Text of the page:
Live entertainment on the go, food trucks on the sell, and happy campers filling the outdoor Liquor Mart-run beverage gardens, the lines began to form. Tripping and spilling out of heavy Exchange District doors, the lines of people waited for doors to open. Performance spaces filled nooks and crannies throughout the area, and like a gigantic game of collective snakes and ladders Fringe-goers threaded themselves into their seats.
Shows had been going on since noon, but the palpable intensity of mass story telling and listening became salient with the evening performances. A few stories started at 7:00pm in dusty rooms with comfortably creaky wooden floors, while others began half an hour later a few blocks west under surgery-room-like white lights. Across downtown Winnipeg, from the Exchange to the Winnipeg Art Gallery to Portage Place, people sat in all sorts of spaces to watch and listen and think and laugh and walk out and applaud and dismiss and praise and reexamine the meaning of their lives.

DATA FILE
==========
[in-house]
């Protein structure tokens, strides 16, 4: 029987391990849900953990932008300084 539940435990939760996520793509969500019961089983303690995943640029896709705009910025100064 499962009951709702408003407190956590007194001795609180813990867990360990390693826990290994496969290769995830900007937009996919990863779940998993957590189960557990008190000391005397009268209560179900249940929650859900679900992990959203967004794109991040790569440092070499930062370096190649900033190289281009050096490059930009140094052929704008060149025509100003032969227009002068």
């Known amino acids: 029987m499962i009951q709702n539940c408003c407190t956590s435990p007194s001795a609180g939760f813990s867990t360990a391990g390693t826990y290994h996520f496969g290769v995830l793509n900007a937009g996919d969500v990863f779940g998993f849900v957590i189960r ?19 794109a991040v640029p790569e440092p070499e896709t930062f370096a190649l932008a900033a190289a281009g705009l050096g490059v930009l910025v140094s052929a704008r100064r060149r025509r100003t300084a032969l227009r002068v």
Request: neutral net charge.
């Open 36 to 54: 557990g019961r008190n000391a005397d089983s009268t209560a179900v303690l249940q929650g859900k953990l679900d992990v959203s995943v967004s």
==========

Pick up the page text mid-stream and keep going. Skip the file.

Oysters happily digested, this reviewer settled in for a buoyant improvisation performance by a duo from Vancouver. They go by the name of Lorax Improv, and drove the packed audience to the sort of laughing fits that make taking notes a useless exercise. One simple suggestion from an audience member initiated their story, and from there they created three separate plot lines, each of which they revisited throughout the 45-minute long show, building their respective arcs, climaxes, and satisfactory conclusions. If you think that Wal-Mart personified, a Freudian relationship between a turtle mother and son, and a German Olympic duo have nothing in common, think again- Lorax Improv can make it happen (although be aware, the story lines will be different when you go see ‘em). Sweat-dripped and wide-eyed from pure creation as they finished, they humbly thanked the audience for our boisterous support before suggesting an array of other shows to enjoy.